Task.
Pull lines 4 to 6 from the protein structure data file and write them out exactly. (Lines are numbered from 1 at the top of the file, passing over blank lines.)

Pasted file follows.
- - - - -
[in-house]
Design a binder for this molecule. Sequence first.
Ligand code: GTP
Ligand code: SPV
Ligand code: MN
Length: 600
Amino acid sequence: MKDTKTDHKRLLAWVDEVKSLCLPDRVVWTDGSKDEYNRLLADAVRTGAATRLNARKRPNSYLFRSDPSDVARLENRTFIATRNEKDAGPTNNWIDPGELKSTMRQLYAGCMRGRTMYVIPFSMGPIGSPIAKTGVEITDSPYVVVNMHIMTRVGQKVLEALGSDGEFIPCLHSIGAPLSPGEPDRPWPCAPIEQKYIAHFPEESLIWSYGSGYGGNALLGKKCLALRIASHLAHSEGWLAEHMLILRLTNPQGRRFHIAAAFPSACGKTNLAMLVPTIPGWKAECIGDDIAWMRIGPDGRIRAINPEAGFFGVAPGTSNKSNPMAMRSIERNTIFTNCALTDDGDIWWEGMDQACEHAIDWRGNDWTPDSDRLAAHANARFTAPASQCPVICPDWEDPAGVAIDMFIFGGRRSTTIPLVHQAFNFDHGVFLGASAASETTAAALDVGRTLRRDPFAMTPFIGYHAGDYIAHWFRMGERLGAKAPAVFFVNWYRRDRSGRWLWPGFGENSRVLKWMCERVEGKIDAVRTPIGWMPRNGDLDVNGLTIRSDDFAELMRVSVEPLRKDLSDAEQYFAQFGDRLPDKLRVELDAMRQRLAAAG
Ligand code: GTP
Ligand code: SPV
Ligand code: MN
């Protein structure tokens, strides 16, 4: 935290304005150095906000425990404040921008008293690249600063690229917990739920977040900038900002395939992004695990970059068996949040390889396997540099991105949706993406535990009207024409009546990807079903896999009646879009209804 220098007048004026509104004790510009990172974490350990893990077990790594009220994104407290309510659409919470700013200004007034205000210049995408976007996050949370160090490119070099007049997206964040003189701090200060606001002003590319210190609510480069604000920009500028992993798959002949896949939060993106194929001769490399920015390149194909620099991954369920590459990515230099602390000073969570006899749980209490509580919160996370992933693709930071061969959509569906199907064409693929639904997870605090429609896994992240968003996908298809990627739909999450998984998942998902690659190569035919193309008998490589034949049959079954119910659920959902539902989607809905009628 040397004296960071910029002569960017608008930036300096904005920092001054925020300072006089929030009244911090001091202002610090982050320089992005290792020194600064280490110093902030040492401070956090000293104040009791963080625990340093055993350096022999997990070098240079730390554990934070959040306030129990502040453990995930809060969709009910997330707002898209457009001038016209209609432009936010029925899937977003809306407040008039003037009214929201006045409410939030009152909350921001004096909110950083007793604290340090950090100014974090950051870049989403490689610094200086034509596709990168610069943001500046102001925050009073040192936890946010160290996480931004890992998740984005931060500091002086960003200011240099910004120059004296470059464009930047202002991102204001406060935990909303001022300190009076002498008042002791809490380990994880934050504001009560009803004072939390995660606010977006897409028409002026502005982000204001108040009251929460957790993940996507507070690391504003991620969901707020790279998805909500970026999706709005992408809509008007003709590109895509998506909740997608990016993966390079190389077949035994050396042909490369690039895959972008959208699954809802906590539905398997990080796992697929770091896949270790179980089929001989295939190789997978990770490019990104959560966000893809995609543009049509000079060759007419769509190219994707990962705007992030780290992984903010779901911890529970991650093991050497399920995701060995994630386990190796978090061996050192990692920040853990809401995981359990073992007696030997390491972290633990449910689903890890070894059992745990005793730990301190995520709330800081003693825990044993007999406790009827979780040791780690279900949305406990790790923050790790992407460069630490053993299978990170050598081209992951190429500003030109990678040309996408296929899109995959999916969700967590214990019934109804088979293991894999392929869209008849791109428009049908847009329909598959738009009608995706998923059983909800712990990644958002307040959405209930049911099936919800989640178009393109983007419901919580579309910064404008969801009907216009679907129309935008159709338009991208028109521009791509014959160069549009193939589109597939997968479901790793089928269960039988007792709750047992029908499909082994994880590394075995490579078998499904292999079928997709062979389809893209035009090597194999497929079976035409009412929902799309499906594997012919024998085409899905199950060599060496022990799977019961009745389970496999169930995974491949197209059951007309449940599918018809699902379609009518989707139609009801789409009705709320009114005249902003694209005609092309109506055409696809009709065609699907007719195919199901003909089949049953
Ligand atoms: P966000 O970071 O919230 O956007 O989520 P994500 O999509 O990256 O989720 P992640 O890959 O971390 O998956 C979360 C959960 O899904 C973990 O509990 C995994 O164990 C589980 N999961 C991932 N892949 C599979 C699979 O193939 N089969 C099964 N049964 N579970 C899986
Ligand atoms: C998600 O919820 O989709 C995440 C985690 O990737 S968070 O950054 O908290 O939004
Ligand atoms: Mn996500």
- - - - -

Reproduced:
Ligand code: SPV
Ligand code: MN
Length: 600